Coming into 2023, we believed a severe economic downturn was one possibility. Another was that inflation remained high. But we did see this soft landing as a third possibility. 

While we wanted to position Facet portfolios to defend against a weak economy and high inflation, we also wanted to ensure our members captured the substantial upside potential of a soft landing. 

We think the 2023 experience highlights the benefit of our approach. Had we made a single prediction about the macroeconomy: recession, inflation, or soft landing, we would have had a one-in-three chance of getting it right. 

Instead, we tried to build in some protection to Facet portfolios in case a recession occurred but maintained enough upside potential if it didn’t. 

As a result, Facet has produced results very close to the benchmark so far in 2023 despite building in defense for a recession that never came.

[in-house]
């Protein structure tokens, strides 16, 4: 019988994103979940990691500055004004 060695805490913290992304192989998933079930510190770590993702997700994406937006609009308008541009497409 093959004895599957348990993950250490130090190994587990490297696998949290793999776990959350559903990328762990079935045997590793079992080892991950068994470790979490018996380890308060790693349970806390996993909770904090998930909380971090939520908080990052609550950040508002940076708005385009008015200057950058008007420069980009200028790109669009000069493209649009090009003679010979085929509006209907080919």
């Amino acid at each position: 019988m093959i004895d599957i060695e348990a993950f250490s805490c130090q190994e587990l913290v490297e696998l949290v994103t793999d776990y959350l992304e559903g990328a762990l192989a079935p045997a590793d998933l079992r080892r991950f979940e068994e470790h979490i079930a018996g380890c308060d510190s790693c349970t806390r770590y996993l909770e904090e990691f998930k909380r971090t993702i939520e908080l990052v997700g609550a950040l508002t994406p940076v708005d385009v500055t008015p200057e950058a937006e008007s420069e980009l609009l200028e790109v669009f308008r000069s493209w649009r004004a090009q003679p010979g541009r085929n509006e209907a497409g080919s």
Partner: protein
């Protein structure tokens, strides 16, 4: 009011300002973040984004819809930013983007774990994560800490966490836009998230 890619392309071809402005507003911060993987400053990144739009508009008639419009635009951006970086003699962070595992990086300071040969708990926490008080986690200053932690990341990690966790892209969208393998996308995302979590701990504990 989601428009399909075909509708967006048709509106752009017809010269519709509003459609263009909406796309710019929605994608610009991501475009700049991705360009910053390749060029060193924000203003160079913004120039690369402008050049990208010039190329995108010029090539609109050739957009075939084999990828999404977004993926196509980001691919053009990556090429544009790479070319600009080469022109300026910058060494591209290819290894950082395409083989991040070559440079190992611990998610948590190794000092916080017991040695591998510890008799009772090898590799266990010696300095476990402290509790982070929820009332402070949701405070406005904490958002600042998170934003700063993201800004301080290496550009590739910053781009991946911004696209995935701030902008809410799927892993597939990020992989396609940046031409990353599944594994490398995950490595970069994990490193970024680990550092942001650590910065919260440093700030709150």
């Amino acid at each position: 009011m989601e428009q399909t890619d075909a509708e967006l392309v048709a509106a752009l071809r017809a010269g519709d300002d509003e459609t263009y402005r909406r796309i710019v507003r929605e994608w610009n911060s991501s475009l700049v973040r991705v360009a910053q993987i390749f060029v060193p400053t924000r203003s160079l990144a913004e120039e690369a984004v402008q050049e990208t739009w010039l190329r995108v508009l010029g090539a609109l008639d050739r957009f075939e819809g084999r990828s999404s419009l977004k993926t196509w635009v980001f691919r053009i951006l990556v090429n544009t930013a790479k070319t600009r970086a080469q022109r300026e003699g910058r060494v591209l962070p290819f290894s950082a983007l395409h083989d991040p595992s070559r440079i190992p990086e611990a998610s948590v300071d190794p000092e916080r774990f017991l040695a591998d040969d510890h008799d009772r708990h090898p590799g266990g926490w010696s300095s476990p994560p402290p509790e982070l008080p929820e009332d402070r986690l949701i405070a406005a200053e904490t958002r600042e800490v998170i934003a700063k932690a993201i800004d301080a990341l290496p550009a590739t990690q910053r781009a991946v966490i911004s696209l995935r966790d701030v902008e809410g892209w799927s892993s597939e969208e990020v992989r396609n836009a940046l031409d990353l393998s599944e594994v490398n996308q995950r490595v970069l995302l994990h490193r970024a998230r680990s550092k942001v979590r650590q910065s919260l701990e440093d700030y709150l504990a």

Will the Fed potentially cut rates?

If inflation remains low, the market will likely shift its focus to the potential for Fed rate cuts in 2024. Right now, futures markets suggest that 4-5 rate cuts (i.e., 1-1.25%) are expected in 2024.

While Fed Chair Jerome Powell has been downplaying the potential for rate cuts, eventually, rate cuts will make sense even if the economy does not fall into a recession. That’s because when the Fed considers setting its interest rate target, it thinks in terms of “real” rates. 

By that, we mean the stated interest rate less the rate of inflation. If the Fed wants to keep the real rate target steady, it must cut the stated rate as inflation declines.